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It is a subject that causes confusion to many; Which foods are safe to freeze? How long can you keep something in the freezer for? Should you freeze food when raw or cooked? To help answer these burning questions, we've compiled a guide to help you safely freeze and defrost your meat.
Studies have found that over one third of people believe food could become unsafe in the freezer, and nearly half thought food can only be frozen on the day of purchase.
Food waste is an ever growing issue in todays economy. It's believed seven million tonnes of food is wasted each year in the UK, with a high percentage of this being meat; therefore understanding the benefits of freezing can help alleviate at least some of that amount.
Freezing meat is a safe & reliable way of preserving the freshness of the said product, it elongates shelf life & its very easy.
In essence the meat when frozen correctly is like pressing the 'pause button' , meat will not go bad in the freezer though the quality may be affected, primarily through freezer burn.
Remember once the meat is removed from the freezer the 'pause button' is switched off & the produce is subject to bacteria growth.
Freezer burn is when frozen meat has been damaged by dehydration and oxidation, due to air reaching the food. This is usually caused by the meat not being correctly wrapped when placed in the freezer or the wrapping damaged whilst inside the freezer. the meat is still edible though trimming away the freezer burn will give better taste.
Freezer burn appears as greyish/brown spots on frozen food & can be easily trimmed away.
No, this is a common misunderstanding. Most types of bacteria survive freezing, they simply go to sleep while the product is frozen, due to the low temperature and lack of available water.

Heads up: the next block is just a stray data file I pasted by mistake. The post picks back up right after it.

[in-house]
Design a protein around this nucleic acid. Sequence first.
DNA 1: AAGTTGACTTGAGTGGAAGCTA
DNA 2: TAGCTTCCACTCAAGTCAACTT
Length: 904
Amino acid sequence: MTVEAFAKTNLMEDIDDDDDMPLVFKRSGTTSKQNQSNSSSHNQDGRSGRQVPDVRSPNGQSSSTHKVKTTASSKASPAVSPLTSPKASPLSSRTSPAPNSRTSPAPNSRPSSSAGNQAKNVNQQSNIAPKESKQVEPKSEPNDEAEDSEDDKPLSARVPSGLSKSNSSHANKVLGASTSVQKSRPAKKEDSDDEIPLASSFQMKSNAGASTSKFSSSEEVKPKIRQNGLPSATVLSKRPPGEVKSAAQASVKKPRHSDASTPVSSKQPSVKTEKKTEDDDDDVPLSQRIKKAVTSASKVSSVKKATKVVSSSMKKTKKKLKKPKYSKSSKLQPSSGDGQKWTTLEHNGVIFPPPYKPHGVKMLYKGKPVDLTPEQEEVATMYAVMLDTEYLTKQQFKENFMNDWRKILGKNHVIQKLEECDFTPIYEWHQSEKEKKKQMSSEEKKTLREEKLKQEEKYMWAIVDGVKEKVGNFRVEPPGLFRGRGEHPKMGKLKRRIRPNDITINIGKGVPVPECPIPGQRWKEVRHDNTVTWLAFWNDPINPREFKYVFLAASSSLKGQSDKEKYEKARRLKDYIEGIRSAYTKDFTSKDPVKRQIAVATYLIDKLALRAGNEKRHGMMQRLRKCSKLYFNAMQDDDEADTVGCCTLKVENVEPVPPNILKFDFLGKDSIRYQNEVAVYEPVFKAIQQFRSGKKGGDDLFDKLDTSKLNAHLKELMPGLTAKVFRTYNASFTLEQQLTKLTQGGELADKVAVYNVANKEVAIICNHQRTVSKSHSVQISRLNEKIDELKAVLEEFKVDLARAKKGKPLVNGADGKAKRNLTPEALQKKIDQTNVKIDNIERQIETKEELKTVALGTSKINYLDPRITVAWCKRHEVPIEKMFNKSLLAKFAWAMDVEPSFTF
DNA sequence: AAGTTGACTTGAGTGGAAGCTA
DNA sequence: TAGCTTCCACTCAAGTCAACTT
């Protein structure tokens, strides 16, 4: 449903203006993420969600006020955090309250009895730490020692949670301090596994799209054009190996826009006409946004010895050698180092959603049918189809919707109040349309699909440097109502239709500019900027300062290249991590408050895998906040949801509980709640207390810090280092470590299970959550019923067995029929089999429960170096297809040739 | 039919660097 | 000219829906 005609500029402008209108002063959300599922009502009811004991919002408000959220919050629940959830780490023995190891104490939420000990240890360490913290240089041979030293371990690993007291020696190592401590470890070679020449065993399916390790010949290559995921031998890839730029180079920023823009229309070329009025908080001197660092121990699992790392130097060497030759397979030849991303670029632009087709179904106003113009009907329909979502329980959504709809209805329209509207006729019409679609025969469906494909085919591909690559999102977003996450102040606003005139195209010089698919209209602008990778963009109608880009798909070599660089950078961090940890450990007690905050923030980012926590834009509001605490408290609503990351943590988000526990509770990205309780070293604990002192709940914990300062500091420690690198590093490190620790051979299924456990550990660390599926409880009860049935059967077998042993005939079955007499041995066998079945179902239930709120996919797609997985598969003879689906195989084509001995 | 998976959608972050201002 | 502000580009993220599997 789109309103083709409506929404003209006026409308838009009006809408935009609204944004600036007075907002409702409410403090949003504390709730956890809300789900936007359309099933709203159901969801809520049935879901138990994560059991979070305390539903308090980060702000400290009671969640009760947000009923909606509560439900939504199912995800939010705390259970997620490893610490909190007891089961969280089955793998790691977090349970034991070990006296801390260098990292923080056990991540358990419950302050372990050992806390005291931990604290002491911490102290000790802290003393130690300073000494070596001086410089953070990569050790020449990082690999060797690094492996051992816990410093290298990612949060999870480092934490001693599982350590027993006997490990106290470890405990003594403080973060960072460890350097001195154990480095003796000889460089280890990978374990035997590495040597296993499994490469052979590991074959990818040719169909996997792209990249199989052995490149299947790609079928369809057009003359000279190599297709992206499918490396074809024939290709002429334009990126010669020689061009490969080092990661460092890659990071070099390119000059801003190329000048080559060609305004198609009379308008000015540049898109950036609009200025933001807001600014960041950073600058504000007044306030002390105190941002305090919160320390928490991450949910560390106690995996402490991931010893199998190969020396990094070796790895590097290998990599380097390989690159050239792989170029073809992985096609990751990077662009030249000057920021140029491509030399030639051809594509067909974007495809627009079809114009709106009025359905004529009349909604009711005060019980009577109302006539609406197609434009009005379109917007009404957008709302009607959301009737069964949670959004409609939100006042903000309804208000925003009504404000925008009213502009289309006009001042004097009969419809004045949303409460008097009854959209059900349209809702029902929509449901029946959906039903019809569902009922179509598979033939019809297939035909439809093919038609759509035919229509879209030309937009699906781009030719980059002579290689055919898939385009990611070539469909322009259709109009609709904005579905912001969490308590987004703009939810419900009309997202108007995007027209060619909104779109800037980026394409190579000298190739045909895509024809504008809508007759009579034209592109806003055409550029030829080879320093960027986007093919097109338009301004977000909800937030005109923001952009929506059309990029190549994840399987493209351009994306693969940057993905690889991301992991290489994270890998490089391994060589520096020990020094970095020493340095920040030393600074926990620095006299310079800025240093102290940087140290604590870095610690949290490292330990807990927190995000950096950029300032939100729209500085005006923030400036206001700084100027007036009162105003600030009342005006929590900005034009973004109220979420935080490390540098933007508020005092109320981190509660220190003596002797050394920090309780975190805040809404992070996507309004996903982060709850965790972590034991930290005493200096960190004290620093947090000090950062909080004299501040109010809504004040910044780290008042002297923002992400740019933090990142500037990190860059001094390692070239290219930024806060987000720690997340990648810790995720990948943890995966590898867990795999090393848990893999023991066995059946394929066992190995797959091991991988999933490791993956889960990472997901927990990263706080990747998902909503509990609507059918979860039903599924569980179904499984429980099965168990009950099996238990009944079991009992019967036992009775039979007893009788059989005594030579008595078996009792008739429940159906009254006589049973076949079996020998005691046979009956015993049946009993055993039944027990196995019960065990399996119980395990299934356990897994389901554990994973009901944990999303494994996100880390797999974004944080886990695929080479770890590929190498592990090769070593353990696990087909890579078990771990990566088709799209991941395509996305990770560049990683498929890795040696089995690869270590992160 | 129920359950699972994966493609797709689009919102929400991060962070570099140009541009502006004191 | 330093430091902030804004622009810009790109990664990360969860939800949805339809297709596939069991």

Frozen food will, therefore, keep indefinitely. Although the taste or texture of the food can deteriorate over time due to ice crystal damage.
When food defrosts, its core temperature rises and water becomes available, providing the ideal conditions for bacteria to grow.
Remember the warmer the temperature, the more active bacteria become.
This is a term adopted to safe food temperatures, bacteria will grow at temperatures above 8°C and below 63°C - this is known as the 'Danger Zone' for microbial growth. That's why we advise that the safest way to defrost food is in the fridge overnight. By defrosting in the fridge, your food should never enter the 'Danger Zone'. Your fridge should be at 5°C or below, some bacteria can grow at temperatures lower than 8°C.
Freezing in small or individual portions is the most effective way of freezing, for example wrap steaks as individual items then pop into a zip bag or vacuum pouch, this will both freeze quickly & save time defrosting & help control food waste.
The meat needs to be fully wrapped with as little air as possible near to the surface of the product, the best way to do this is using a vacuum machine (see below) though tightly wrapped in film then put into a zip bag works well.